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  1. #1
    Senior Member Hairy Hands's Avatar
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    How Many do You Carry?

    How many water bottles do you carry on long rides? I usually carry 4. 2 on the frame and 2 behind the saddle, but most ppl I see have only 2 on the frame. How can that possibly be enough? I drink at least 1 bottle per hour, so that would mean I have to stop and find fluids every 2 hrs.. That sure seems like a lot of stopping on a long brevet.
    ~John~

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    Senior Member downtube42's Avatar
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    I look at the distance between controls and carry what I'll need plus one. All you'll see on my bike is two; the others are in my bag.
    This has to be a tie between re-frozen slushy uneven dirty ice stuff just right of the nicely plowed pavement, and super-glassy ice with a dusting of fresh powder - SalshShark

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    Long Distance Cyclist Machka's Avatar
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    Quote Originally Posted by Hairy Hands View Post
    How many water bottles do you carry on long rides? I usually carry 4. 2 on the frame and 2 behind the saddle, but most ppl I see have only 2 on the frame. How can that possibly be enough? I drink at least 1 bottle per hour, so that would mean I have to stop and find fluids every 2 hrs.. That sure seems like a lot of stopping on a long brevet.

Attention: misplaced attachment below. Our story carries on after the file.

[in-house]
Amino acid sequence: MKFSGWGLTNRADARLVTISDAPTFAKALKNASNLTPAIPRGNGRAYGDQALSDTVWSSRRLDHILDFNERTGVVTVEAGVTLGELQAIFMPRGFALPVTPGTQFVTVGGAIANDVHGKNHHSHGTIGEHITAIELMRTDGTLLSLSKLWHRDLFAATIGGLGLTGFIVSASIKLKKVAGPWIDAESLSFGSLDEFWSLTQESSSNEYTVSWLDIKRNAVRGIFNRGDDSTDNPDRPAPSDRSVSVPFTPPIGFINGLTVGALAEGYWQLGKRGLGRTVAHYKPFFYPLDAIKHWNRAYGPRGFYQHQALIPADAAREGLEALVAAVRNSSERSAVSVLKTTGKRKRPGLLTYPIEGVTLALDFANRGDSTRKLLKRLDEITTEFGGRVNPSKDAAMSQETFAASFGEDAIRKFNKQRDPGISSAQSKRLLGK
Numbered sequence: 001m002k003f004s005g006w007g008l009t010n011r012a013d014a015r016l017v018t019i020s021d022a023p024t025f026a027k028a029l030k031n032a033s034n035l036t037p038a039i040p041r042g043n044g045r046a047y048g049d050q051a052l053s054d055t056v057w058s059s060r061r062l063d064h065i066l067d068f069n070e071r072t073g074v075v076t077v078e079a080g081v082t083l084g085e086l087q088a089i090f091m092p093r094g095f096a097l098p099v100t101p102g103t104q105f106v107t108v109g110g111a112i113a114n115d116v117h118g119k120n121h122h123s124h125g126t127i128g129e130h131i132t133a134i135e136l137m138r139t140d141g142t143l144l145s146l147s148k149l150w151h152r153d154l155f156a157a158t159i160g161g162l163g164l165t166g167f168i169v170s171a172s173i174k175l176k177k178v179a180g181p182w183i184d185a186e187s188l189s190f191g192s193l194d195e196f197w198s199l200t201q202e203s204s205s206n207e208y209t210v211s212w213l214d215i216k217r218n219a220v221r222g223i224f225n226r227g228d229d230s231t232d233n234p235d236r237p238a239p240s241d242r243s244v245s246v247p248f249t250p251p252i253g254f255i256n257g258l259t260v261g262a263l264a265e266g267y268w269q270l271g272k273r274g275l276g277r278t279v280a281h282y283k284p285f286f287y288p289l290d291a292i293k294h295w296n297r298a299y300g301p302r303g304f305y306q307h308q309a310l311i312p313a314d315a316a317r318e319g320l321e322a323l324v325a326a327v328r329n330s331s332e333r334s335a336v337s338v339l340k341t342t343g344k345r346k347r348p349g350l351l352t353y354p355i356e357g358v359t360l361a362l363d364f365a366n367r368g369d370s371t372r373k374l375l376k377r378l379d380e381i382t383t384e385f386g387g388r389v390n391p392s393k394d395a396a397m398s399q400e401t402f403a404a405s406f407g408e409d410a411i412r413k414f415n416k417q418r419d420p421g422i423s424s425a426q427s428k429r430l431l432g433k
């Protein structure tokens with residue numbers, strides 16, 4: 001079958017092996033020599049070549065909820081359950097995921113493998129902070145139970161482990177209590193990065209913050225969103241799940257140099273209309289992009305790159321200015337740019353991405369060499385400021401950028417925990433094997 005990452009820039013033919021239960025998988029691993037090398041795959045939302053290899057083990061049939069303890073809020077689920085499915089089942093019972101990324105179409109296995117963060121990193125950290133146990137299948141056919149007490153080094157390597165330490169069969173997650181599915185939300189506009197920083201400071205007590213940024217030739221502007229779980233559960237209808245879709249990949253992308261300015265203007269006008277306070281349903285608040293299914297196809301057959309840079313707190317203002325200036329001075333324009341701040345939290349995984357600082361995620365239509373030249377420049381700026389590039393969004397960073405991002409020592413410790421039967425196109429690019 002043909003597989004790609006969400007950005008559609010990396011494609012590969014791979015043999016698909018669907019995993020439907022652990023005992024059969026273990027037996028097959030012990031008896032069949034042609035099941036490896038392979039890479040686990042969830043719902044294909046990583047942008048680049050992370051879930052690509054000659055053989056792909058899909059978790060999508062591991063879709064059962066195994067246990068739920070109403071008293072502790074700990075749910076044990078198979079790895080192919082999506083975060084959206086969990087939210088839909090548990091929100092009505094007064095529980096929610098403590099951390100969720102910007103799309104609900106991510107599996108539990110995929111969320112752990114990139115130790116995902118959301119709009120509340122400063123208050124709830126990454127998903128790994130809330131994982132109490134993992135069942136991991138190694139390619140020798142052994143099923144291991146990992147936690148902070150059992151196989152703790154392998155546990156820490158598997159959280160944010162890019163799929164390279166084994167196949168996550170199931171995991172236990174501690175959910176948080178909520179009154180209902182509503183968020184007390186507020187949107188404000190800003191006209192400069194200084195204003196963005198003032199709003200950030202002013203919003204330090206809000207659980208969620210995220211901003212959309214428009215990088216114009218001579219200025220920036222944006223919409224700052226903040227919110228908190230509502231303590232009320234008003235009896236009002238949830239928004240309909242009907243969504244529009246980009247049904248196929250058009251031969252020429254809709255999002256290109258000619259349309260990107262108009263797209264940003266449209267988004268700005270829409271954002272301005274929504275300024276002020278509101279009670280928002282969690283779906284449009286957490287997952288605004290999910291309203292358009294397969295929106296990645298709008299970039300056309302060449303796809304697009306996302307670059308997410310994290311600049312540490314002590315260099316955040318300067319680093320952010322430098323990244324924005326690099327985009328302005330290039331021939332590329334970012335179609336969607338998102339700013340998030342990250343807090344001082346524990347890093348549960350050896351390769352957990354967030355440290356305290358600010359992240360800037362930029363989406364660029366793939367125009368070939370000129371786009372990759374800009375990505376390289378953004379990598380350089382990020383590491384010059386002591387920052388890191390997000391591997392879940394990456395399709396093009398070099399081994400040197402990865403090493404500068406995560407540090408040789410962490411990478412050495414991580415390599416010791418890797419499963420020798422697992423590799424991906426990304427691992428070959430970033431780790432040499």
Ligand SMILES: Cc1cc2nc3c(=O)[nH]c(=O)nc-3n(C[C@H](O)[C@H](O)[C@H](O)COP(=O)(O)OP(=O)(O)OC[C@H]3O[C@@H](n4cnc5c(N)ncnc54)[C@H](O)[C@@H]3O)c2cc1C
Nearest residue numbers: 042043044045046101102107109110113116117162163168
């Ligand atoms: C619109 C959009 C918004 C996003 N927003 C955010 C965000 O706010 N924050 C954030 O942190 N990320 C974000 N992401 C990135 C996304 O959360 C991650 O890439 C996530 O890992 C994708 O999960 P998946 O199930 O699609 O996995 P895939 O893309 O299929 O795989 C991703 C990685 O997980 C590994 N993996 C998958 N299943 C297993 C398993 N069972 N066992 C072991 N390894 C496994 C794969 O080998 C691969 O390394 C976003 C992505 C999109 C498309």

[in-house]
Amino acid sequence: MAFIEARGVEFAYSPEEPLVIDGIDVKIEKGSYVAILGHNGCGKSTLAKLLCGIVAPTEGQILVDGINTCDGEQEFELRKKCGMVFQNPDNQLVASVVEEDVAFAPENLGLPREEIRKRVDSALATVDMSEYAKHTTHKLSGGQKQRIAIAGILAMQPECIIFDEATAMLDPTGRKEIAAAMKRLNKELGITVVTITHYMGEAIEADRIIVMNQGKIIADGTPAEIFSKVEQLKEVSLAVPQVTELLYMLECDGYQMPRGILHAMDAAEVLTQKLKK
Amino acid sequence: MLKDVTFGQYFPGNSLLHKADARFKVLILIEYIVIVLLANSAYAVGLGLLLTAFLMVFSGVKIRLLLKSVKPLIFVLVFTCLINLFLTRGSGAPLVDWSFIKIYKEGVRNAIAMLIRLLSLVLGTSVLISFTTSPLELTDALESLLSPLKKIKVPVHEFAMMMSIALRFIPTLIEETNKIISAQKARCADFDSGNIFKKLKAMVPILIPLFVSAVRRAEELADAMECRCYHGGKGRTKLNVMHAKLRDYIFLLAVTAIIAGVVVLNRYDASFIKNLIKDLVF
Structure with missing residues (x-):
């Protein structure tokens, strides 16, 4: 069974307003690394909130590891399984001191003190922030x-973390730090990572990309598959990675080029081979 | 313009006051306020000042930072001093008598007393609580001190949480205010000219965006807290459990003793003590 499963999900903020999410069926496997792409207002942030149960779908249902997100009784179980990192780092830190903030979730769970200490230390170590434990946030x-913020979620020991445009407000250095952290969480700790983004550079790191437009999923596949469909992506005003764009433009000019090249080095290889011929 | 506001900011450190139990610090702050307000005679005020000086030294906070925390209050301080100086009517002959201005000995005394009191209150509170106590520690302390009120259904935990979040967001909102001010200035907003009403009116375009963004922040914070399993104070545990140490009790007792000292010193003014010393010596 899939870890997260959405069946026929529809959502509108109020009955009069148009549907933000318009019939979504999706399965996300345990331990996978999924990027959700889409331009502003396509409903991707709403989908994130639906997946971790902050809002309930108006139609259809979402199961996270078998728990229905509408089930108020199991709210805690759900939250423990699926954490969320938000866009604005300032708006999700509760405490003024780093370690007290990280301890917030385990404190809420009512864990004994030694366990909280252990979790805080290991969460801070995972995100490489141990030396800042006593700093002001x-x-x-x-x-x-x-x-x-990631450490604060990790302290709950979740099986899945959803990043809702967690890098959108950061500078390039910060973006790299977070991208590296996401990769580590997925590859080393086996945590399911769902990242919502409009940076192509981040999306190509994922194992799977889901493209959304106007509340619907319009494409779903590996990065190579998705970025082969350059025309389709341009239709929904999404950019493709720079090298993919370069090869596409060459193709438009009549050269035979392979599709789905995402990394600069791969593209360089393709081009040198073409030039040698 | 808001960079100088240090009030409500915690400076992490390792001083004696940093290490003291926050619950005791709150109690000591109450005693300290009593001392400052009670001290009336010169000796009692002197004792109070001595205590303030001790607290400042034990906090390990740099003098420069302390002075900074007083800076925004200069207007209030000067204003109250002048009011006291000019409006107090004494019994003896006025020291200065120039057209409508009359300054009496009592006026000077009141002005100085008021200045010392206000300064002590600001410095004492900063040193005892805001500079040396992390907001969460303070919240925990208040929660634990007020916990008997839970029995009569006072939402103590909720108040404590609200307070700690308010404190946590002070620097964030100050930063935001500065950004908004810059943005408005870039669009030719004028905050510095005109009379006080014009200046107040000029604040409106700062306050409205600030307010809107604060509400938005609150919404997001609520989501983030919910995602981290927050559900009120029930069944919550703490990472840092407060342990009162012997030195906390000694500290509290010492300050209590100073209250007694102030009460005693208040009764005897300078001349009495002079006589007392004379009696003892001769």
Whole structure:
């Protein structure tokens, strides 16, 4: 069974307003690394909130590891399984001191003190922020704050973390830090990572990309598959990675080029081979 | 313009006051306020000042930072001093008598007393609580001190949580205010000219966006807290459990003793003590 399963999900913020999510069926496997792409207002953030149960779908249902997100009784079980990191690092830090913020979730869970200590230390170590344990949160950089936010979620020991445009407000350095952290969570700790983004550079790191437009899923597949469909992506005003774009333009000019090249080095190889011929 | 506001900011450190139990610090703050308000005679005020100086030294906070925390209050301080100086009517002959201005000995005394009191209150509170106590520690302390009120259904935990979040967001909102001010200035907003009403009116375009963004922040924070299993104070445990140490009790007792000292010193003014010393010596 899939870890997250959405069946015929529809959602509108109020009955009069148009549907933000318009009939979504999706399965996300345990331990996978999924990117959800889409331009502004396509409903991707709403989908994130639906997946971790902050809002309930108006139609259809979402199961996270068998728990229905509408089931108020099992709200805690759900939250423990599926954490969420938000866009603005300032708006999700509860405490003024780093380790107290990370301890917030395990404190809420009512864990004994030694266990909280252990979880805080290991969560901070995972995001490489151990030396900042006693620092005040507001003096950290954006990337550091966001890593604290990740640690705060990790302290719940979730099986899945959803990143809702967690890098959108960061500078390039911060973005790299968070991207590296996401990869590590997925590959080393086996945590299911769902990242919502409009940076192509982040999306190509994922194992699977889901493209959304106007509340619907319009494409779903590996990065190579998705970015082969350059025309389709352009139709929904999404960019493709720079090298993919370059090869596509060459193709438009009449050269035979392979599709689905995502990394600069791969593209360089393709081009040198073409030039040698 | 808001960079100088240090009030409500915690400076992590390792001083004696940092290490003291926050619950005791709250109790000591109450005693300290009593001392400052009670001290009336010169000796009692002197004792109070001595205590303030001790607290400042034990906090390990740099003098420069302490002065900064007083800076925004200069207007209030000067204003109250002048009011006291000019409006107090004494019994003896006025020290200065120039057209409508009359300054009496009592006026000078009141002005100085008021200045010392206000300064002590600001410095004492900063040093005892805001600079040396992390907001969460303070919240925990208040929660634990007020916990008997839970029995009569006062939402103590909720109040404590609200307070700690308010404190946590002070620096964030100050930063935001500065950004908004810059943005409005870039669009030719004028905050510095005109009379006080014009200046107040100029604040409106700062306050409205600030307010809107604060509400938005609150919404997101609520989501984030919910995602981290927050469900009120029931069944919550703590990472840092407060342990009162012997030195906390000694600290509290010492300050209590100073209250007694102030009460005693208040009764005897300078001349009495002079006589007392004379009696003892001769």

I usually carry two 1-litre bottles.

    Based on the idea that we need to drink 750 ml every 1 to 1.5 hours, two 1-litre bottles can last me 3-4 hours.

    On most randonnees, the controls are located somewhere between 50 and 80 km apart. At 20 km/h, 50 km can be covered in a little over 2 hours, and I'll refill my one empty bottle. 80 km can be covered in about 4 hours, at which point I'm ready to fill both bottles.

    If I know the next control is 80 km away, and especially if it is a hot day, I'll make sure to drink 500-600 ml at the control, and then I'll often take a bottle of iced tea or something in my Carradice, in addition to my two 1-litre bottles of water just in case I need a bit extra out there.


    When I'm riding centuries on my own, I will usually stop every 2 hours anyway. After 2 hours in the saddle, it's time for a bit of a stretch, for liquid disposal, and for liquid replenishment.

  4. #4
    Senior Member Homeyba's Avatar
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    I only carry two but I also have a camelbak. That usually gets be more than far enough on a brevet.
    It doesn't get harder, you just go slower.

  5. #5
    Uber Goober StephenH's Avatar
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    In the hot summertime up here, everyone is wearing a camelbak.

    I have found that otherwise, people very greatly as to how much water they need. I tend to be strong and well-insulated, and that is a combination good for pumping out gallons of sweat. Thinner people can go through a lot less liquid than I do.

    With a 100 oz camelbak and two 24 oz bottles, I'm good for around 30 miles on a hot day. If supply points are farther apart than that, I'll be stowing additional water somewhere.

    Usually, I have just water in the camelbak, and gatorade or something in the water bottles. If it's hot, everything is iced as well.
    "be careful this rando stuff is addictive and dan's the 'pusher'."

  6. #6
    just another gosling Carbonfiberboy's Avatar